Funding was provided by the National Institutes of Health, the National Science Foundation and the Department of Defense.For more information:
Michael Morris: www.chem.lsa.umich.edu/chem/faculty/facultyDetail.php?Uniqname=mdmorris
David Kohn: www.ns.umich.edu/htdocs/public/experts/ExpDisplay.php?ExpID=434
Journal of the American Chemical Society: http://pubs.acs.org/journal/jacsat
Nancy Ross-Flanigan | Newswise Science News
The birth of a new protein
20.10.2017 | University of Arizona
Building New Moss Factories
20.10.2017 | Albert-Ludwigs-Universität Freiburg im Breisgau
University of Maryland researchers contribute to historic detection of gravitational waves and light created by event
On August 17, 2017, at 12:41:04 UTC, scientists made the first direct observation of a merger between two neutron stars--the dense, collapsed cores that remain...
Seven new papers describe the first-ever detection of light from a gravitational wave source. The event, caused by two neutron stars colliding and merging together, was dubbed GW170817 because it sent ripples through space-time that reached Earth on 2017 August 17. Around the world, hundreds of excited astronomers mobilized quickly and were able to observe the event using numerous telescopes, providing a wealth of new data.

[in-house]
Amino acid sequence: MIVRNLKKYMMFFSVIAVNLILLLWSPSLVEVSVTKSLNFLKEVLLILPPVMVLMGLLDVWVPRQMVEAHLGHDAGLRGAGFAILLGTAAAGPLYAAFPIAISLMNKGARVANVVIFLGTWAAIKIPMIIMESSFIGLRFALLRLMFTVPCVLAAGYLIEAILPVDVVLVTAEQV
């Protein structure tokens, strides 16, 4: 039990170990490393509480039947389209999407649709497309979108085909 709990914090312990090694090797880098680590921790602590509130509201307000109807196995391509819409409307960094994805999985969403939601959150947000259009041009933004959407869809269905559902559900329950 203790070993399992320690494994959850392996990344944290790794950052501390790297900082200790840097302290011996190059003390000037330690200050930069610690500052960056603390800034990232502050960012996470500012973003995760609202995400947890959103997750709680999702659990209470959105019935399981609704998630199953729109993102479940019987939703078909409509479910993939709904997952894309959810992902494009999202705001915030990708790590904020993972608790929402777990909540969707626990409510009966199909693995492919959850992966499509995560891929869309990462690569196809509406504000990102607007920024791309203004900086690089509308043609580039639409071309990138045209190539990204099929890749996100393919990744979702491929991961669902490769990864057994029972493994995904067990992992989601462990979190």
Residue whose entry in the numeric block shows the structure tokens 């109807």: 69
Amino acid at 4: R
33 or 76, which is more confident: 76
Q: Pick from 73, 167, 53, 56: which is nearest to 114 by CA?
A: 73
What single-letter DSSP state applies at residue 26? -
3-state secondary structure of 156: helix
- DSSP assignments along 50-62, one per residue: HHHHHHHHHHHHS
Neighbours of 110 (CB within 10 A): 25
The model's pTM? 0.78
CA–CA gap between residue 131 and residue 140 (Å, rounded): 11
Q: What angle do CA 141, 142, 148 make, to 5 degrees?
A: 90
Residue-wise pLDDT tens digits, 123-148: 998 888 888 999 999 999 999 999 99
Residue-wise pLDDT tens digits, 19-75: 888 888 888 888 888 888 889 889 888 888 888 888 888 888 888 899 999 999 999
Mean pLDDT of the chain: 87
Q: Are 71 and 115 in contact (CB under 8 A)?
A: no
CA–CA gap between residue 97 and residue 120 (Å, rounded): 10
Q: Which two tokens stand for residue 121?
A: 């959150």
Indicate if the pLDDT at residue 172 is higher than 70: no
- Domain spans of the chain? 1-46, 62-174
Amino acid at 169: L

Previous detections of gravitational waves have all involved the merger of two black holes, a feat that won the 2017 Nobel Prize in Physics earlier this month....
Material defects in end products can quickly result in failures in many areas of industry, and have a massive impact on the safe use of their products. This is why, in the field of quality assurance, intelligent, nondestructive sensor systems play a key role. They allow testing components and parts in a rapid and cost-efficient manner without destroying the actual product or changing its surface. Experts from the Fraunhofer IZFP in Saarbrücken will be presenting two exhibits at the Blechexpo in Stuttgart from 7–10 November 2017 that allow fast, reliable, and automated characterization of materials and detection of defects (Hall 5, Booth 5306).
When quality testing uses time-consuming destructive test methods, it can result in enormous costs due to damaging or destroying the products. And given that...
Using a new cooling technique MPQ scientists succeed at observing collisions in a dense beam of cold and slow dipolar molecules.
How do chemical reactions proceed at extremely low temperatures? The answer requires the investigation of molecular samples that are cold, dense, and slow at...
Scientists from the Max Planck Institute of Quantum Optics, using high precision laser spectroscopy of atomic hydrogen, confirm the surprisingly small value of the proton radius determined from muonic hydrogen.
It was one of the breakthroughs of the year 2010: Laser spectroscopy of muonic hydrogen resulted in a value for the proton charge radius that was significantly...
17.10.2017 | Event News
10.10.2017 | Event News
10.10.2017 | Event News
20.10.2017 | Information Technology
20.10.2017 | Materials Sciences
20.10.2017 | Interdisciplinary Research